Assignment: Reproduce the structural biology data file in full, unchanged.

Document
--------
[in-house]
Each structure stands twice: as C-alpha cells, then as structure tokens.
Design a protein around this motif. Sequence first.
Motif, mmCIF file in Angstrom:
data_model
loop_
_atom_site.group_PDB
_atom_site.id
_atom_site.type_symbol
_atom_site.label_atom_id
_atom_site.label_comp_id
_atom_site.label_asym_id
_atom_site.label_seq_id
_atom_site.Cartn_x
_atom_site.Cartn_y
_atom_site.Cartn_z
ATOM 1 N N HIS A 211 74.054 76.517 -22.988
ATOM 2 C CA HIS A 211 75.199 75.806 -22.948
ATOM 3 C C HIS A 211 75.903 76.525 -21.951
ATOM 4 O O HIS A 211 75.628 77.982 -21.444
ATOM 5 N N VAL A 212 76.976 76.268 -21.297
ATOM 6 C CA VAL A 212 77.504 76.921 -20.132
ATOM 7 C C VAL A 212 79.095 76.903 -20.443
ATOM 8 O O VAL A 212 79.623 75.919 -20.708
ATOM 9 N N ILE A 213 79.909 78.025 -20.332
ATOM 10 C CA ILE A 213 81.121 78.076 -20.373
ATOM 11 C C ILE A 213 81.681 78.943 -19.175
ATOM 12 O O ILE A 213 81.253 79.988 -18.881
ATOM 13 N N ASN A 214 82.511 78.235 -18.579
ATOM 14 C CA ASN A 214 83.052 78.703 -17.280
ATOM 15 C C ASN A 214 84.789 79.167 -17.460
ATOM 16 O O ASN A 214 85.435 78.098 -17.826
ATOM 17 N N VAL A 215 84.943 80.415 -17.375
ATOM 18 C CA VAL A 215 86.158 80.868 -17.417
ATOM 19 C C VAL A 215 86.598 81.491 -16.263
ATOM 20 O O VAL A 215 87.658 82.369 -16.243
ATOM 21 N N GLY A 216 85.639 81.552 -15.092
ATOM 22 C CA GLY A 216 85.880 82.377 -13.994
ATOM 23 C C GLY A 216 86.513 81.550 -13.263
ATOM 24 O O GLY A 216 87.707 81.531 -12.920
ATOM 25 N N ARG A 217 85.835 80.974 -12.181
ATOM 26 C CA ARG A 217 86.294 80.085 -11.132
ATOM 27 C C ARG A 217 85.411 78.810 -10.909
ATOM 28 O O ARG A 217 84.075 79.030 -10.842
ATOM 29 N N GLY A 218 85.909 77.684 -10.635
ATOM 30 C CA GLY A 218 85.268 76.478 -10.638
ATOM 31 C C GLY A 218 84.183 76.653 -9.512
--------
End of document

[in-house]
Each structure stands twice: as C-alpha cells, then as structure tokens.
Design a protein around this motif. Sequence first.
Motif, mmCIF file in Angstrom:
data_model
loop_
_atom_site.group_PDB
_atom_site.id
_atom_site.type_symbol
_atom_site.label_atom_id
_atom_site.label_comp_id
_atom_site.label_asym_id
_atom_site.label_seq_id
_atom_site.Cartn_x
_atom_site.Cartn_y
_atom_site.Cartn_z
ATOM 1 N N HIS A 211 74.054 76.517 -22.988
ATOM 2 C CA HIS A 211 75.199 75.806 -22.948
ATOM 3 C C HIS A 211 75.903 76.525 -21.951
ATOM 4 O O HIS A 211 75.628 77.982 -21.444
ATOM 5 N N VAL A 212 76.976 76.268 -21.297
ATOM 6 C CA VAL A 212 77.504 76.921 -20.132
ATOM 7 C C VAL A 212 79.095 76.903 -20.443
ATOM 8 O O VAL A 212 79.623 75.919 -20.708
ATOM 9 N N ILE A 213 79.909 78.025 -20.332
ATOM 10 C CA ILE A 213 81.121 78.076 -20.373
ATOM 11 C C ILE A 213 81.681 78.943 -19.175
ATOM 12 O O ILE A 213 81.253 79.988 -18.881
ATOM 13 N N ASN A 214 82.511 78.235 -18.579
ATOM 14 C CA ASN A 214 83.052 78.703 -17.280
ATOM 15 C C ASN A 214 84.789 79.167 -17.460
ATOM 16 O O ASN A 214 85.435 78.098 -17.826
ATOM 17 N N VAL A 215 84.943 80.415 -17.375
ATOM 18 C CA VAL A 215 86.158 80.868 -17.417
ATOM 19 C C VAL A 215 86.598 81.491 -16.263
ATOM 20 O O VAL A 215 87.658 82.369 -16.243
ATOM 21 N N GLY A 216 85.639 81.552 -15.092
ATOM 22 C CA GLY A 216 85.880 82.377 -13.994
ATOM 23 C C GLY A 216 86.513 81.550 -13.263
ATOM 24 O O GLY A 216 87.707 81.531 -12.920
ATOM 25 N N ARG A 217 85.835 80.974 -12.181
ATOM 26 C CA ARG A 217 86.294 80.085 -11.132
ATOM 27 C C ARG A 217 85.411 78.810 -10.909
ATOM 28 O O ARG A 217 84.075 79.030 -10.842
ATOM 29 N N GLY A 218 85.909 77.684 -10.635
ATOM 30 C CA GLY A 218 85.268 76.478 -10.638
ATOM 31 C C GLY A 218 84.183 76.653 -9.512